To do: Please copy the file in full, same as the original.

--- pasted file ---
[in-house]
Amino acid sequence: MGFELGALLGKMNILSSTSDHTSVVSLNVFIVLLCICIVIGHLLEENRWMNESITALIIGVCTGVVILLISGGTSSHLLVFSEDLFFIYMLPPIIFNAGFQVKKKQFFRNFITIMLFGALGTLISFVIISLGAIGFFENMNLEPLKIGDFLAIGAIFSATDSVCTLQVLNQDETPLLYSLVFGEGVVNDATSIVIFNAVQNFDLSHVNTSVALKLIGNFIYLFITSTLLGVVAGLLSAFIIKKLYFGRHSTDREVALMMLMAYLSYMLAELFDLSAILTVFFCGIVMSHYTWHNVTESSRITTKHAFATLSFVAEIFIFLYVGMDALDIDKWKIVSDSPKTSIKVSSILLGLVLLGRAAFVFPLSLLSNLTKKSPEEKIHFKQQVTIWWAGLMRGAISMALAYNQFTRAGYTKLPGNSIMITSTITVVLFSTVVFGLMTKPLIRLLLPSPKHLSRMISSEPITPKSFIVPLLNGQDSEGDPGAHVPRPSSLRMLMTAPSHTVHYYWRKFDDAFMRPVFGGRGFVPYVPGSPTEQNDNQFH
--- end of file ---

[in-house]
Amino acid sequence: MGFELGALLGKMNILSSTSDHTSVVSLNVFIVLLCICIVIGHLLEENRWMNESITALIIGVCTGVVILLISGGTSSHLLVFSEDLFFIYMLPPIIFNAGFQVKKKQFFRNFITIMLFGALGTLISFVIISLGAIGFFENMNLEPLKIGDFLAIGAIFSATDSVCTLQVLNQDETPLLYSLVFGEGVVNDATSIVIFNAVQNFDLSHVNTSVALKLIGNFIYLFITSTLLGVVAGLLSAFIIKKLYFGRHSTDREVALMMLMAYLSYMLAELFDLSAILTVFFCGIVMSHYTWHNVTESSRITTKHAFATLSFVAEIFIFLYVGMDALDIDKWKIVSDSPKTSIKVSSILLGLVLLGRAAFVFPLSLLSNLTKKSPEEKIHFKQQVTIWWAGLMRGAISMALAYNQFTRAGYTKLPGNSIMITSTITVVLFSTVVFGLMTKPLIRLLLPSPKHLSRMISSEPITPKSFIVPLLNGQDSEGDPGAHVPRPSSLRMLMTAPSHTVHYYWRKFDDAFMRPVFGGRGFVPYVPGSPTEQNDNQFH